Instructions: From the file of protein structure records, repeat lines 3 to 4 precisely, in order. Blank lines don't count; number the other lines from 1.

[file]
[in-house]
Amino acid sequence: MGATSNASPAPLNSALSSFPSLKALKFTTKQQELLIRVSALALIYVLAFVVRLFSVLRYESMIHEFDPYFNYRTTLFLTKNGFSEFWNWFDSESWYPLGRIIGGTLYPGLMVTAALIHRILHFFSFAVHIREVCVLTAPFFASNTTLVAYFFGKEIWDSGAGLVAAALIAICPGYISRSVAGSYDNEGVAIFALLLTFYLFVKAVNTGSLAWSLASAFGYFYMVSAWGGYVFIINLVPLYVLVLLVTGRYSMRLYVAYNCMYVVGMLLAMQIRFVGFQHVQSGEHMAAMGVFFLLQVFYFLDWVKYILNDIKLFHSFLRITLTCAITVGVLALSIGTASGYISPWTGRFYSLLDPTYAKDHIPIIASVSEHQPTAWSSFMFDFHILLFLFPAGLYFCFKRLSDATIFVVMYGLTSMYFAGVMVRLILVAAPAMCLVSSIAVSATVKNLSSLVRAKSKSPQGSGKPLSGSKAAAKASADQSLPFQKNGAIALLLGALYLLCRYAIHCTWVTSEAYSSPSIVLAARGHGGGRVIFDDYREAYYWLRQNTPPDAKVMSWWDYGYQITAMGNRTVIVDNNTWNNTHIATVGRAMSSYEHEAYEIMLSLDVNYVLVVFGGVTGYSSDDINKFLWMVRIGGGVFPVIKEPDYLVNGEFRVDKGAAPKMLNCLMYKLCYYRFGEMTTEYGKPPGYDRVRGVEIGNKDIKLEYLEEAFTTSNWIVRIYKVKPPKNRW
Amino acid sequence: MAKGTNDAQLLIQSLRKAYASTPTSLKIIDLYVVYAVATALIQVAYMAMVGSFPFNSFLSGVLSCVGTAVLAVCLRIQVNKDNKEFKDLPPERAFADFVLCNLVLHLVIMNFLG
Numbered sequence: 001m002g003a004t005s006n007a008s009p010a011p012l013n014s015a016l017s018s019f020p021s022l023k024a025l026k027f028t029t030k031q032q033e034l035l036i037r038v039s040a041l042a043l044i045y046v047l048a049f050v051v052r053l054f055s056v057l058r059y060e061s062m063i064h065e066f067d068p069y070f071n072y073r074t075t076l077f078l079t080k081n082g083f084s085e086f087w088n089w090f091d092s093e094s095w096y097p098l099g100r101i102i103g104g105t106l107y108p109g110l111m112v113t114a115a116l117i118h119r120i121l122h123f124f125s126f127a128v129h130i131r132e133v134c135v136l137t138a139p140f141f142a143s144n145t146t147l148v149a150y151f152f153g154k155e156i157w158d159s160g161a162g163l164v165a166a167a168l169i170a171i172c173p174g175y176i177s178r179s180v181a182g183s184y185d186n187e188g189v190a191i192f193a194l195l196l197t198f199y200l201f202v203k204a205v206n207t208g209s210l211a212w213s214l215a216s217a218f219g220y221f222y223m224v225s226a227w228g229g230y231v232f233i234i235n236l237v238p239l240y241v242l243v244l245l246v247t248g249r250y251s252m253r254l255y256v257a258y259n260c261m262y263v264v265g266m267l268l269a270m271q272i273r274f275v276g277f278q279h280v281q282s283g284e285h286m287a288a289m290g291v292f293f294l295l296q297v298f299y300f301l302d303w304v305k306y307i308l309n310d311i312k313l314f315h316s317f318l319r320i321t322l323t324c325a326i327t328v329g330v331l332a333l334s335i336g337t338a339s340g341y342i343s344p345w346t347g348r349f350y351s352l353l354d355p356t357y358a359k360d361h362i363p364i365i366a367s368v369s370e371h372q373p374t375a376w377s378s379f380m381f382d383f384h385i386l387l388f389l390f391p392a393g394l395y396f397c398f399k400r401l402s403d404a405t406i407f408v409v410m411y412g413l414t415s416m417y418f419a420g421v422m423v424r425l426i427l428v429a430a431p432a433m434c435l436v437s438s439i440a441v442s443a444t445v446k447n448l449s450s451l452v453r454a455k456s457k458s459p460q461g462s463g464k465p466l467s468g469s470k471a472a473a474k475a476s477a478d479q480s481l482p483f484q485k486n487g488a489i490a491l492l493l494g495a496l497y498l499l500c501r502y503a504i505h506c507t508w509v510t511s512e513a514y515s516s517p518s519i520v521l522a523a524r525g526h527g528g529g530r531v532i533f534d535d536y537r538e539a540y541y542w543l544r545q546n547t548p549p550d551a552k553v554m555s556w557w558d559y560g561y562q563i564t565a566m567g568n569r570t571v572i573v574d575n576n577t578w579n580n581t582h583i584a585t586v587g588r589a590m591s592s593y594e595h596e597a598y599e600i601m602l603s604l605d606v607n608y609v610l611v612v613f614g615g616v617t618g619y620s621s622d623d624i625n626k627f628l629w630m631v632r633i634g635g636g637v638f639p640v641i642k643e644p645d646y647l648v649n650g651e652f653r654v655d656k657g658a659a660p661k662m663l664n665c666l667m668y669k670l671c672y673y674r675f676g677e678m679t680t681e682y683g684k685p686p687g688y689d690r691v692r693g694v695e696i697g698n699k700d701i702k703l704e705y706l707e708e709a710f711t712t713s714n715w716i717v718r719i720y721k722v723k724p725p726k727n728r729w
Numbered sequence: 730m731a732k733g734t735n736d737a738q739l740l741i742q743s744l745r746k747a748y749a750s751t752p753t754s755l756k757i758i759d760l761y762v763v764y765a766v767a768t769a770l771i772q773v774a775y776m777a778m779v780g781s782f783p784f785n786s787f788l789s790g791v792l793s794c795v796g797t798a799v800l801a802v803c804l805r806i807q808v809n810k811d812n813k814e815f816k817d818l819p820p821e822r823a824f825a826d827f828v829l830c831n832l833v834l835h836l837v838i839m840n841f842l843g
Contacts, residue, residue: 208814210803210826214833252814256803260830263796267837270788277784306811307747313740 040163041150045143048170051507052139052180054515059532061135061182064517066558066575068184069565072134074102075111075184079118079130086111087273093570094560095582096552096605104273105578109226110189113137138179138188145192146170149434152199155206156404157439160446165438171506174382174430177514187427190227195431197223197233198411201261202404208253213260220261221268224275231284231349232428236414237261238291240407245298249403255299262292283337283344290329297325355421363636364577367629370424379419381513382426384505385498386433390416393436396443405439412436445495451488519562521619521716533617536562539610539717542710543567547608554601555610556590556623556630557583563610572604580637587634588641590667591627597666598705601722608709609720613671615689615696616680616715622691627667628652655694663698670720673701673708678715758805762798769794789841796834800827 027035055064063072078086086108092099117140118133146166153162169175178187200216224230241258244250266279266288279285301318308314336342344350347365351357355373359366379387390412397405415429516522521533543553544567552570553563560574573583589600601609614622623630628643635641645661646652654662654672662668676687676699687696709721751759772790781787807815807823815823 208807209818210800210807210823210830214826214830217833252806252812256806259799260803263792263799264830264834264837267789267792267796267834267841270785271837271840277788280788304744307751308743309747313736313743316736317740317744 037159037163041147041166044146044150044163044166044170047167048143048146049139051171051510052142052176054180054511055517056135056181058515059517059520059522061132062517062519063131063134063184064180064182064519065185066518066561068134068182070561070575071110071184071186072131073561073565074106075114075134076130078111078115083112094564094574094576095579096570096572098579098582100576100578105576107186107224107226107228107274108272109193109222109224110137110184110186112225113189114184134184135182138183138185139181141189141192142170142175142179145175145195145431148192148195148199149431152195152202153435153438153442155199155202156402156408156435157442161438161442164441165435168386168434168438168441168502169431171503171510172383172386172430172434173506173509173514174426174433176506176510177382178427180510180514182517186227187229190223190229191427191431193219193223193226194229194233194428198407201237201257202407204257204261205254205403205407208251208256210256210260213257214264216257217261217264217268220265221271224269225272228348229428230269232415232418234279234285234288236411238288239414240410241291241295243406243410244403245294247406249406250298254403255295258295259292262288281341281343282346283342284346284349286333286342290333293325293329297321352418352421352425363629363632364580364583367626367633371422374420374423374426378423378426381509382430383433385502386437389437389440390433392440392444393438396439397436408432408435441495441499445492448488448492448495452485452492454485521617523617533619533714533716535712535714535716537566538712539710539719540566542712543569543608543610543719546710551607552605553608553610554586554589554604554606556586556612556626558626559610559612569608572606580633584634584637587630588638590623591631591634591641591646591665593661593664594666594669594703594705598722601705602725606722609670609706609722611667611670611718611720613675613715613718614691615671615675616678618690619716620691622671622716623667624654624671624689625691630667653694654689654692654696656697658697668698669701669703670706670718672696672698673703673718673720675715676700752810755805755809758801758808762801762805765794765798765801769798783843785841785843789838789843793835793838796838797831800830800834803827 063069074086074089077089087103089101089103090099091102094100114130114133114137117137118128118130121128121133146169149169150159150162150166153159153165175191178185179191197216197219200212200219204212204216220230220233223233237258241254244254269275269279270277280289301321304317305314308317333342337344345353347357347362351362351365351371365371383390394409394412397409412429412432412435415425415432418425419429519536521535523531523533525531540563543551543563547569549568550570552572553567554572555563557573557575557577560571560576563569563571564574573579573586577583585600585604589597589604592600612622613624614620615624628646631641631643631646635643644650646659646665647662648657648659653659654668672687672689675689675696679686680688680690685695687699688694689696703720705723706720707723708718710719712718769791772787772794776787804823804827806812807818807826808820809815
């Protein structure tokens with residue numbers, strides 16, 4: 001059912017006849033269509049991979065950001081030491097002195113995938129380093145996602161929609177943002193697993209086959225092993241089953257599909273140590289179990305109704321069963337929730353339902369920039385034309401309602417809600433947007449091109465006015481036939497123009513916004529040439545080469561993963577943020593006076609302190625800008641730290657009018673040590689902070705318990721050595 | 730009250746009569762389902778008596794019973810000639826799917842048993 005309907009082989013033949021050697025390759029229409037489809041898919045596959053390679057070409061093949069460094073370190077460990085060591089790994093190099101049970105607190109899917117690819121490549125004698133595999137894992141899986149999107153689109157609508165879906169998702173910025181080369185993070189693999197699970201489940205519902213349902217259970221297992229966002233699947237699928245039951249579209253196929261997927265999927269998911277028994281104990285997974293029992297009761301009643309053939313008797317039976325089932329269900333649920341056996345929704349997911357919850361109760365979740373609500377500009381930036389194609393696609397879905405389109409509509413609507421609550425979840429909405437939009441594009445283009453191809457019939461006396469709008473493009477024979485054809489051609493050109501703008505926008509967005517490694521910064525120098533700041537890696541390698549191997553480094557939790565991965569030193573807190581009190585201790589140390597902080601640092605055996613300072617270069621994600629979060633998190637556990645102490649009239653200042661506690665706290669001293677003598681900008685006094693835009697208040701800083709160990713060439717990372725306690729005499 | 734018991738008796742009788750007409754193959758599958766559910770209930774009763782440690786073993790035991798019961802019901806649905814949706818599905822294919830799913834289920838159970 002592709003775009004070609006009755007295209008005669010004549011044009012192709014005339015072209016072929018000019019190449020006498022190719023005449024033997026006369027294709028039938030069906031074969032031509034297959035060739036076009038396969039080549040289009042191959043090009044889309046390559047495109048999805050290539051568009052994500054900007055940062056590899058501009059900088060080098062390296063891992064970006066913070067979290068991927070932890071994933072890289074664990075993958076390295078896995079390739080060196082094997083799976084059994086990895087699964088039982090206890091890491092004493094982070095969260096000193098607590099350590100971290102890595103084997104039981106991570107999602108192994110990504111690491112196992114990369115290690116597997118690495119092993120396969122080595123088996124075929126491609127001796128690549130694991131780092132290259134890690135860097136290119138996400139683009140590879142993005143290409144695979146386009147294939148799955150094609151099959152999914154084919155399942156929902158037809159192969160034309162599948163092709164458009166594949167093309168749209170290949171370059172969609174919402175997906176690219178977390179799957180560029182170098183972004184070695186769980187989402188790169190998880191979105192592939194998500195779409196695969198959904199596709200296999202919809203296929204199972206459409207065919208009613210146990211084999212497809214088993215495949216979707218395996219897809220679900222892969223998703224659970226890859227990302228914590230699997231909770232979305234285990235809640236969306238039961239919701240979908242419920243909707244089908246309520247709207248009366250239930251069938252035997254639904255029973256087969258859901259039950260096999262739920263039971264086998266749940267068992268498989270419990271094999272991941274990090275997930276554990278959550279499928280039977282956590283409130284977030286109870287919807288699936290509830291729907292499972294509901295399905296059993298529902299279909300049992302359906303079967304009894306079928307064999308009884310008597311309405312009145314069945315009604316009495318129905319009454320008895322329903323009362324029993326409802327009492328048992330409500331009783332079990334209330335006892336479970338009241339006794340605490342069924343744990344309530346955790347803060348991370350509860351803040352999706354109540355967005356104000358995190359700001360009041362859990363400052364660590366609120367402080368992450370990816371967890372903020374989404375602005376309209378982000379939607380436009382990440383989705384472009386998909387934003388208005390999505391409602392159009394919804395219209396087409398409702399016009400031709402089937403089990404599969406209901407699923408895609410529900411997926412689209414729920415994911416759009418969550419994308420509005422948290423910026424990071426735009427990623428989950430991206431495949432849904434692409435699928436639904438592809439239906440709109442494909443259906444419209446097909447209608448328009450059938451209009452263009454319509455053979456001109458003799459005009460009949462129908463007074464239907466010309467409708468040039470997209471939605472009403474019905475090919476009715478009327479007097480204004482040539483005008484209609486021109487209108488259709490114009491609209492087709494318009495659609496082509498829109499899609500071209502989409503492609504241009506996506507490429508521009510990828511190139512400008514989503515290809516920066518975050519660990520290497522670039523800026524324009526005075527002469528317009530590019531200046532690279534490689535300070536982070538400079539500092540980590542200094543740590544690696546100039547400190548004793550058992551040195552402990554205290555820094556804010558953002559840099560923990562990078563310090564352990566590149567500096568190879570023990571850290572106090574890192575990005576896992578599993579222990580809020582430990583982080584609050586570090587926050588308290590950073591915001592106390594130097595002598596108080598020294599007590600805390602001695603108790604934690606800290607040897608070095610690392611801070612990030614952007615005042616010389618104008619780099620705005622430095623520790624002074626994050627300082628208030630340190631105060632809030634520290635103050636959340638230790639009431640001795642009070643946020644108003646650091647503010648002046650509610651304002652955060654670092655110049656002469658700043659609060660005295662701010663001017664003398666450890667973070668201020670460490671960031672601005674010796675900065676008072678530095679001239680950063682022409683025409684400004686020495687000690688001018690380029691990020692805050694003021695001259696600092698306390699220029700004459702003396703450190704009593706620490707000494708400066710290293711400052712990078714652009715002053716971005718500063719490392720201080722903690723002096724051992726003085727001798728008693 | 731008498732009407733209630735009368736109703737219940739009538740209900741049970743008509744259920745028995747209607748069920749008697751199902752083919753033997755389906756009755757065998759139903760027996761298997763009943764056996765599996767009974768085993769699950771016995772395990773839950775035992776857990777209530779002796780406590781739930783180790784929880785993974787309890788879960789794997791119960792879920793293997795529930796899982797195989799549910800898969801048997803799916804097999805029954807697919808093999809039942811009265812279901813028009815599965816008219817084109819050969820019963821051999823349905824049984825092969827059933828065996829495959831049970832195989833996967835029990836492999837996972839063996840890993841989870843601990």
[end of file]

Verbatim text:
Amino acid sequence: MAKGTNDAQLLIQSLRKAYASTPTSLKIIDLYVVYAVATALIQVAYMAMVGSFPFNSFLSGVLSCVGTAVLAVCLRIQVNKDNKEFKDLPPERAFADFVLCNLVLHLVIMNFLG
Numbered sequence: 001m002g003a004t005s006n007a008s009p010a011p012l013n014s015a016l017s018s019f020p021s022l023k024a025l026k027f028t029t030k031q032q033e034l035l036i037r038v039s040a041l042a043l044i045y046v047l048a049f050v051v052r053l054f055s056v057l058r059y060e061s062m063i064h065e066f067d068p069y070f071n072y073r074t075t076l077f078l079t080k081n082g083f084s085e086f087w088n089w090f091d092s093e094s095w096y097p098l099g100r101i102i103g104g105t106l107y108p109g110l111m112v113t114a115a116l117i118h119r120i121l122h123f124f125s126f127a128v129h130i131r132e133v134c135v136l137t138a139p140f141f142a143s144n145t146t147l148v149a150y151f152f153g154k155e156i157w158d159s160g161a162g163l164v165a166a167a168l169i170a171i172c173p174g175y176i177s178r179s180v181a182g183s184y185d186n187e188g189v190a191i192f193a194l195l196l197t198f199y200l201f202v203k204a205v206n207t208g209s210l211a212w213s214l215a216s217a218f219g220y221f222y223m224v225s226a227w228g229g230y231v232f233i234i235n236l237v238p239l240y241v242l243v244l245l246v247t248g249r250y251s252m253r254l255y256v257a258y259n260c261m262y263v264v265g266m267l268l269a270m271q272i273r274f275v276g277f278q279h280v281q282s283g284e285h286m287a288a289m290g291v292f293f294l295l296q297v298f299y300f301l302d303w304v305k306y307i308l309n310d311i312k313l314f315h316s317f318l319r320i321t322l323t324c325a326i327t328v329g330v331l332a333l334s335i336g337t338a339s340g341y342i343s344p345w346t347g348r349f350y351s352l353l354d355p356t357y358a359k360d361h362i363p364i365i366a367s368v369s370e371h372q373p374t375a376w377s378s379f380m381f382d383f384h385i386l387l388f389l390f391p392a393g394l395y396f397c398f399k400r401l402s403d404a405t406i407f408v409v410m411y412g413l414t415s416m417y418f419a420g421v422m423v424r425l426i427l428v429a430a431p432a433m434c435l436v437s438s439i440a441v442s443a444t445v446k447n448l449s450s451l452v453r454a455k456s457k458s459p460q461g462s463g464k465p466l467s468g469s470k471a472a473a474k475a476s477a478d479q480s481l482p483f484q485k486n487g488a489i490a491l492l493l494g495a496l497y498l499l500c501r502y503a504i505h506c507t508w509v510t511s512e513a514y515s516s517p518s519i520v521l522a523a524r525g526h527g528g529g530r531v532i533f534d535d536y537r538e539a540y541y542w543l544r545q546n547t548p549p550d551a552k553v554m555s556w557w558d559y560g561y562q563i564t565a566m567g568n569r570t571v572i573v574d575n576n577t578w579n580n581t582h583i584a585t586v587g588r589a590m591s592s593y594e595h596e597a598y599e600i601m602l603s604l605d606v607n608y609v610l611v612v613f614g615g616v617t618g619y620s621s622d623d624i625n626k627f628l629w630m631v632r633i634g635g636g637v638f639p640v641i642k643e644p645d646y647l648v649n650g651e652f653r654v655d656k657g658a659a660p661k662m663l664n665c666l667m668y669k670l671c672y673y674r675f676g677e678m679t680t681e682y683g684k685p686p687g688y689d690r691v692r693g694v695e696i697g698n699k700d701i702k703l704e705y706l707e708e709a710f711t712t713s714n715w716i717v718r719i720y721k722v723k724p725p726k727n728r729w